Brussels plans to launch massive ‘geoengineering’ interventions to deal with global warming, according to the news agency FILE PHOTO. © Global Look Press / Svetlana Vozmilova

The European Union is looking into technologies involving large-scale interventions into natural phenomena like sun rays or the atmosphere, as part of its new strategy for tackling climate change, Bloomberg reported on Monday, citing a draft document that might be made public later this week.

The paper Brussels is reportedly about to release is aimed at assessing the consequences of rapid global warming such as water or food scarcity, and the risks of them triggering new conflicts or mass migration waves, the outlet said. It will also feature an assessment of the potential for studying atmospheric re-engineering technologies and the dangers associated with them.

Such projects might range from deflecting the Sun’s rays or blocking them from reaching the Earth’s surface to changing the weather patterns, Bloomberg noted. The EU would like to invite international discussions on the matter as well as on potentially creating rules in this field.

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“The EU will support international efforts to assess comprehensively the risks and uncertainties of climate interventions, including solar radiation modification,” says the document, which is still subject to change, according to Bloomberg.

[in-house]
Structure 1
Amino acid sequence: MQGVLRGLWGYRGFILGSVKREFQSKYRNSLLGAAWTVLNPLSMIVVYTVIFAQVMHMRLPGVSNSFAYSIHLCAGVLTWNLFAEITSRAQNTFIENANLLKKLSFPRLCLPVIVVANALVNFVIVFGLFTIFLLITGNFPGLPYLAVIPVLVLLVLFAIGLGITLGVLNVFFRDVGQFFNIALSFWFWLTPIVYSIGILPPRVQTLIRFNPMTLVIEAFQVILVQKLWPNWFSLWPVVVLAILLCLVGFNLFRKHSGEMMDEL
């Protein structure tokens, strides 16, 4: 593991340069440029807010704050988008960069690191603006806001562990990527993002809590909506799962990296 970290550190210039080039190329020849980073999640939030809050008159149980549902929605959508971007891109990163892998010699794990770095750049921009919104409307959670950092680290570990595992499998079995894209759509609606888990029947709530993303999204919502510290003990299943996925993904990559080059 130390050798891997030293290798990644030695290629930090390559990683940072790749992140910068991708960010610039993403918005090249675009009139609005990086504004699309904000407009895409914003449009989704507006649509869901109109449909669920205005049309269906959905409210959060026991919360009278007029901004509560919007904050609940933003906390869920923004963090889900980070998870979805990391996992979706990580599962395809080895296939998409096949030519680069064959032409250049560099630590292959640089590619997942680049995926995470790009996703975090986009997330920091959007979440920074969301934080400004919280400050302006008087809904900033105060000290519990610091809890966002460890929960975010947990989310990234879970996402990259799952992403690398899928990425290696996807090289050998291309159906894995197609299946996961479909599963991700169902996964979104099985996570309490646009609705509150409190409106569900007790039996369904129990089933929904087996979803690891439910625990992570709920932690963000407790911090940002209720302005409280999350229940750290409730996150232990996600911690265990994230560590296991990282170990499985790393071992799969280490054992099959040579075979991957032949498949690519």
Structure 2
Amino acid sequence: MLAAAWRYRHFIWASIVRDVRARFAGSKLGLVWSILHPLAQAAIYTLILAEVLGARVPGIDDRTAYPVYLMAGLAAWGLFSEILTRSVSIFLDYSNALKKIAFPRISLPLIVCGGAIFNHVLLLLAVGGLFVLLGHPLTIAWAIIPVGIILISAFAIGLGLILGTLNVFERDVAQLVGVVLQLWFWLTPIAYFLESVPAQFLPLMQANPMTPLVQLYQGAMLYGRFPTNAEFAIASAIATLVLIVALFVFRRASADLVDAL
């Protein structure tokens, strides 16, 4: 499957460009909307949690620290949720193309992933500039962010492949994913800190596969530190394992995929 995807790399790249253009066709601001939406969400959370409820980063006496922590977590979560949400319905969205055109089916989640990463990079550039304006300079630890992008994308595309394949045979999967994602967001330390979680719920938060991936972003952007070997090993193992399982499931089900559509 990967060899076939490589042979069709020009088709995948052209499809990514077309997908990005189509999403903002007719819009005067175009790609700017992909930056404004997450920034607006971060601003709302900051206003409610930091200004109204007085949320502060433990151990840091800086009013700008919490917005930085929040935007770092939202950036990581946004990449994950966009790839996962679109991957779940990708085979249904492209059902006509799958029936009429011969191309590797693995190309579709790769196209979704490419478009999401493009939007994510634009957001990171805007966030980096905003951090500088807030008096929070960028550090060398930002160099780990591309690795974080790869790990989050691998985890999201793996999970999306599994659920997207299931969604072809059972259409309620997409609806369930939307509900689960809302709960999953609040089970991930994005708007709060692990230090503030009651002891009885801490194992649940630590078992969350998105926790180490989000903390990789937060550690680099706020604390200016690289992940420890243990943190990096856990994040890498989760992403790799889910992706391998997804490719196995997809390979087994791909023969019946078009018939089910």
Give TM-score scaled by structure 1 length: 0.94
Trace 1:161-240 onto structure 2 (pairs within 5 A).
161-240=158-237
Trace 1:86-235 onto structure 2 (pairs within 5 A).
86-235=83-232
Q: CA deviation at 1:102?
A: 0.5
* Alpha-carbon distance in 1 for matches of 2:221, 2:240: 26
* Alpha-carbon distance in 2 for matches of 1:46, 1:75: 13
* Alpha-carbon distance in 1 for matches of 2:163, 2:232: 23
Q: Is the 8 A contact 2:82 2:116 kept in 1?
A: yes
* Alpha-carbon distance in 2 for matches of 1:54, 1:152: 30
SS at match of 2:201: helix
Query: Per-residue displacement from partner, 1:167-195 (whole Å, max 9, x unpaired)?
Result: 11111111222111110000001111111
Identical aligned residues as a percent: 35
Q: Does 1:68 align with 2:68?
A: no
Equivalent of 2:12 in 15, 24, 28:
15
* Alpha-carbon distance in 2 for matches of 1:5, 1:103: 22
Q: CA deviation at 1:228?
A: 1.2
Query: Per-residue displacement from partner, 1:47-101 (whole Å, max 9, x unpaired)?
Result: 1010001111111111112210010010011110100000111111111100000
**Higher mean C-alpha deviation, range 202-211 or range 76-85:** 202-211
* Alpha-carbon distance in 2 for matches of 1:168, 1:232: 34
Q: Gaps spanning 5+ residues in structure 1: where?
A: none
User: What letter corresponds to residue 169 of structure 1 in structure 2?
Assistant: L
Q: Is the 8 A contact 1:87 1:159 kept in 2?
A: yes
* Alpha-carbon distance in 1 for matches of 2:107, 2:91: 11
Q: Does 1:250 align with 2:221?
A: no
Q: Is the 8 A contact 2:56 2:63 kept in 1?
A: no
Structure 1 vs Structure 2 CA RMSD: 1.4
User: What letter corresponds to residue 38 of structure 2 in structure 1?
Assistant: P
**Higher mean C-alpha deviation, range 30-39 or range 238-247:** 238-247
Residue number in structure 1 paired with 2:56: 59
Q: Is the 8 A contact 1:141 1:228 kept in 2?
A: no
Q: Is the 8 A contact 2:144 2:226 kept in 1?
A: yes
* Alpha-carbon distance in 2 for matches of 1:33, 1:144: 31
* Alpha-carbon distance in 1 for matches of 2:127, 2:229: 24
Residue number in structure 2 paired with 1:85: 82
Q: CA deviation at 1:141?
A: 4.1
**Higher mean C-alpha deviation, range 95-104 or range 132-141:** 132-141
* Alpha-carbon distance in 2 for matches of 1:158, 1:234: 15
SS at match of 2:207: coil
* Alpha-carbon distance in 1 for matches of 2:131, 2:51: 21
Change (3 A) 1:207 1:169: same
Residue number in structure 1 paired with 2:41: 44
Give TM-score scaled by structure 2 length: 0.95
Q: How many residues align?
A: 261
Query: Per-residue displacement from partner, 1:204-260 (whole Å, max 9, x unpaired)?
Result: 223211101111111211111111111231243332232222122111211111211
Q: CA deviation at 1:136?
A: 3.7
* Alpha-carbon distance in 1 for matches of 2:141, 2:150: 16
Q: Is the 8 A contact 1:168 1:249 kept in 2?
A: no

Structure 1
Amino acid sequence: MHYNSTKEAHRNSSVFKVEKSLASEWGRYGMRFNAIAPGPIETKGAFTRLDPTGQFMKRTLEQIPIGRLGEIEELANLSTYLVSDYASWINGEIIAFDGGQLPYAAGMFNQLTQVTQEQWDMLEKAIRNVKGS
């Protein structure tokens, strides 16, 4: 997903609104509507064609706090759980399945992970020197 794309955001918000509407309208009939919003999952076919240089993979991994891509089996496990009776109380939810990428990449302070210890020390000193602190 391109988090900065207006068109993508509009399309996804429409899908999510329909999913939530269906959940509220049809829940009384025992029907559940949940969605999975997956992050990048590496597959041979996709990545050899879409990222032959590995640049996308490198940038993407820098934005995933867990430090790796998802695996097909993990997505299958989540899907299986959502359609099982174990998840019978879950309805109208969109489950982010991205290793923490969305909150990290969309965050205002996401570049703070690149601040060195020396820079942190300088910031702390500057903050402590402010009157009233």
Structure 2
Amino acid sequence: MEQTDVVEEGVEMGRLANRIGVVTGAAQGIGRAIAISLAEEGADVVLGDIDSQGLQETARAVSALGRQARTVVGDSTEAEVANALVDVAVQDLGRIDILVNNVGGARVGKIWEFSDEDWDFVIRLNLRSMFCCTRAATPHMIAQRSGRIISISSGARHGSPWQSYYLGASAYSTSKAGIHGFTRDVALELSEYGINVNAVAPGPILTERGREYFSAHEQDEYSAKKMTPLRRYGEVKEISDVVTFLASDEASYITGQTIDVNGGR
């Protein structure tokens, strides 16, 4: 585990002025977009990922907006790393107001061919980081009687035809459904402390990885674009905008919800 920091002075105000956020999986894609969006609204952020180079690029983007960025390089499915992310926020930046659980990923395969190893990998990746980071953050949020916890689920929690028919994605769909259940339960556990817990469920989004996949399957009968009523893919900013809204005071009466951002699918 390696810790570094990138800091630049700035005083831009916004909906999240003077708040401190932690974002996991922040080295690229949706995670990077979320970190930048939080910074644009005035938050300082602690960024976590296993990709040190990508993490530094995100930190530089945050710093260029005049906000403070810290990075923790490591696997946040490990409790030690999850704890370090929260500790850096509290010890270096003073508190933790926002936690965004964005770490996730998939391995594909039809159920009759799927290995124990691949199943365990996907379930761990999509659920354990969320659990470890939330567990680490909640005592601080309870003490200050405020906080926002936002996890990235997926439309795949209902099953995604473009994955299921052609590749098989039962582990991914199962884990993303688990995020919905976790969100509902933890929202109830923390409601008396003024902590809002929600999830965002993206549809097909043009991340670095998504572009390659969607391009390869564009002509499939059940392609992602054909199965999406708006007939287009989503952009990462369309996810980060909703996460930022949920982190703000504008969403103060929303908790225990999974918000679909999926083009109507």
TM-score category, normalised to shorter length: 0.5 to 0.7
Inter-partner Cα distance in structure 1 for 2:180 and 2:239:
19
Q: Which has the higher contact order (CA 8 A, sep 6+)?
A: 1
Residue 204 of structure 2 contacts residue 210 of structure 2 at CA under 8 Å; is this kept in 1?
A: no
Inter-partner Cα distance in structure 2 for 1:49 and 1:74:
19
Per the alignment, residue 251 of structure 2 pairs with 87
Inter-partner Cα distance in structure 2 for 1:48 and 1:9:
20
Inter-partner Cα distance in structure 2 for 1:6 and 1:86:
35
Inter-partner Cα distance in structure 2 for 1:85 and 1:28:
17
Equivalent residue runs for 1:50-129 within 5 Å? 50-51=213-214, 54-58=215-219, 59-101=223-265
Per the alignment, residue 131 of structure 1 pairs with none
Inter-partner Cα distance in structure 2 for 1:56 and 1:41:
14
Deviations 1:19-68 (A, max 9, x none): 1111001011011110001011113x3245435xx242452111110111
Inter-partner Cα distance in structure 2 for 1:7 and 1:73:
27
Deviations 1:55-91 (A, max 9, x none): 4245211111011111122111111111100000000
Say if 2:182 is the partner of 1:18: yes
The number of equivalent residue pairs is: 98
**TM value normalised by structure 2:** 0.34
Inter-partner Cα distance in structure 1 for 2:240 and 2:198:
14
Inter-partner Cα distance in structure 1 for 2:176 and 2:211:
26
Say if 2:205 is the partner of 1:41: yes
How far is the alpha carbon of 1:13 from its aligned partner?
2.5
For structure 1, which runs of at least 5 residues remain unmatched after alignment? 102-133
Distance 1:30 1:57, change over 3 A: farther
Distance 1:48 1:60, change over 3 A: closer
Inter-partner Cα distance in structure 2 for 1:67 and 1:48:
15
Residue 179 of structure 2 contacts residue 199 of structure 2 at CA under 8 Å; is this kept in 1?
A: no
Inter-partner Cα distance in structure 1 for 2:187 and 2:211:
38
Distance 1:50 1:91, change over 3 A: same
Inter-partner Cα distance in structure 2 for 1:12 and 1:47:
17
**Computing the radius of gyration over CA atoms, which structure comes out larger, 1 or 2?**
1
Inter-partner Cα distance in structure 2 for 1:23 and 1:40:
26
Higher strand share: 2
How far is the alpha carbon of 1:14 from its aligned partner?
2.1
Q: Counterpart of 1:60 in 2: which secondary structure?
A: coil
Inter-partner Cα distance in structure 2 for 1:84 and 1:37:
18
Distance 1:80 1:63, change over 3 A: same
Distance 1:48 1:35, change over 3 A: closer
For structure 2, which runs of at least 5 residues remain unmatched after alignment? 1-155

The paper also admits that such technologies “introduce new risks to people and ecosystems, while they could also increase power imbalances between nations, spark conflicts, and raise a myriad of ethical, legal, governance and political issues.”

The geo-engineering option is considered amid fears that the international community might miss its target of limiting global warming to 1.5C (2.7F), Bloomberg noted, adding that the EU might turn to more radical options like spraying stratospheric aerosol to reduce the amount of sunlight reaching earth.

Bloomberg also noted that critics of geo-engineering have warned that such methods might involve unforeseen side effects like changes in rain patterns, without naming any names. (RT)